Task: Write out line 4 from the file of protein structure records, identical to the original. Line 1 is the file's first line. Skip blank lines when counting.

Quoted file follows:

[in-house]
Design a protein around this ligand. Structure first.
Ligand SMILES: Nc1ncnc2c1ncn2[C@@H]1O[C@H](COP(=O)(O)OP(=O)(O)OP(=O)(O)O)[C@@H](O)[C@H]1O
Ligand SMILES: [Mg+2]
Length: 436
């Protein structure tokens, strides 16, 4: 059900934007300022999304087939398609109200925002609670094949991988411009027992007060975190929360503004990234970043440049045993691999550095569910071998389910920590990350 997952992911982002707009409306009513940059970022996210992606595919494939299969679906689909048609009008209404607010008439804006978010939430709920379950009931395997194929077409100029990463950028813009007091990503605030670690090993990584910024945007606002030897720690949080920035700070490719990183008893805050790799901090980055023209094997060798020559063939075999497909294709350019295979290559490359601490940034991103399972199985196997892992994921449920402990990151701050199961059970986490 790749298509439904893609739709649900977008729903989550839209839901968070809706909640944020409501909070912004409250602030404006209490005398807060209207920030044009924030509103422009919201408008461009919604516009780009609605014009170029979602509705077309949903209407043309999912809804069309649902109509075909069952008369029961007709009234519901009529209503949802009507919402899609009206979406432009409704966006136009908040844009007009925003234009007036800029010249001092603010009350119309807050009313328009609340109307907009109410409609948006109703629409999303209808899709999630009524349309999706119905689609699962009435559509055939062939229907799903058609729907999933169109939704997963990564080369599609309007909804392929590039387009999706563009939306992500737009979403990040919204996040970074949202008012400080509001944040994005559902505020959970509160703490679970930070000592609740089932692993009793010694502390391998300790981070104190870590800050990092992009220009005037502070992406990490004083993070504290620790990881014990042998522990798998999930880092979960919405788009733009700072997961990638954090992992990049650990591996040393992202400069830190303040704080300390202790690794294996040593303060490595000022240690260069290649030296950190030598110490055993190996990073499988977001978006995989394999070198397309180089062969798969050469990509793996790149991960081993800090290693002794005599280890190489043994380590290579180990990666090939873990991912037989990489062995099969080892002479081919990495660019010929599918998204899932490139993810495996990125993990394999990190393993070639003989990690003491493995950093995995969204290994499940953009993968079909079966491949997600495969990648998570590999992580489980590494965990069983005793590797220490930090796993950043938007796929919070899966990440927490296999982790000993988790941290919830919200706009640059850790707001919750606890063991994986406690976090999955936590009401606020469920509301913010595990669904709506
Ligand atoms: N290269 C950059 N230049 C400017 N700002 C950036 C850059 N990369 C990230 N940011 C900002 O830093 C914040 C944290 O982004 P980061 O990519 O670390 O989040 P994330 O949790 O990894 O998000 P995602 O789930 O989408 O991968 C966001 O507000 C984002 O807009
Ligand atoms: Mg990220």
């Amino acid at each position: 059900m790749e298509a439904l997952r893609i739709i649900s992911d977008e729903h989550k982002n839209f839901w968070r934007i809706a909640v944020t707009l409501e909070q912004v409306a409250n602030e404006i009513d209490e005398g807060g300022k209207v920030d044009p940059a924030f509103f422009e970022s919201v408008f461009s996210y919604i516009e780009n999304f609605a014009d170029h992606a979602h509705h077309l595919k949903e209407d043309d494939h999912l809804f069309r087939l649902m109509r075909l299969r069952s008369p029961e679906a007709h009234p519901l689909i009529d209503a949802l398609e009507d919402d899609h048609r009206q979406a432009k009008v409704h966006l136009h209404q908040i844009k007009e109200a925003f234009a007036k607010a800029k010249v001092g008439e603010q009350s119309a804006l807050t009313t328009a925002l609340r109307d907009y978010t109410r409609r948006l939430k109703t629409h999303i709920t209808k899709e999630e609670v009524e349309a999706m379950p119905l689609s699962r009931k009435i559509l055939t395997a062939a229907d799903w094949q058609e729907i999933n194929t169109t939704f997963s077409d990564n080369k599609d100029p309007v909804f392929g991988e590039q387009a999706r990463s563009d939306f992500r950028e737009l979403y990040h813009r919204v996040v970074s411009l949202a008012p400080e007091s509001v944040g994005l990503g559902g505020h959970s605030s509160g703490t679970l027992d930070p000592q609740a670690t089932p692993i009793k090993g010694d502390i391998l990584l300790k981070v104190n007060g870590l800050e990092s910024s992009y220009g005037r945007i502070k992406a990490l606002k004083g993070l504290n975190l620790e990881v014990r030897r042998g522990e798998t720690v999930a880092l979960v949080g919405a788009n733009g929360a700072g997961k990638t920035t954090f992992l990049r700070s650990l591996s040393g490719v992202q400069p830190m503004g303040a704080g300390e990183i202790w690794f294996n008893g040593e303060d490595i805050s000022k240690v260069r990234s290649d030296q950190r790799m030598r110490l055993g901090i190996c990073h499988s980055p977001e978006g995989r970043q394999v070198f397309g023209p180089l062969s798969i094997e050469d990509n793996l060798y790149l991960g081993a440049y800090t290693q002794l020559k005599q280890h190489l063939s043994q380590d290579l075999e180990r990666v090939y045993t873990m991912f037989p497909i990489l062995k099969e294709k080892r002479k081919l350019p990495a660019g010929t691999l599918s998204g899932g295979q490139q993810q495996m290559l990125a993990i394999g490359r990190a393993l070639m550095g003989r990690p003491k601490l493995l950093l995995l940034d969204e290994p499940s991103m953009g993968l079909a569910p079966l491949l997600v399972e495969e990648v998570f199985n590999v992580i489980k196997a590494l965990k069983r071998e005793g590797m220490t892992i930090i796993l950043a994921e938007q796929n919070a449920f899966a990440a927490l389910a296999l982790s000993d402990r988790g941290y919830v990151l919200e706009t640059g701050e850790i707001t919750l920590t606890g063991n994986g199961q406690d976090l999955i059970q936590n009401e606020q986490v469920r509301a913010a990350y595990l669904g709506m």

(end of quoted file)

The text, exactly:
Ligand SMILES: [Mg+2]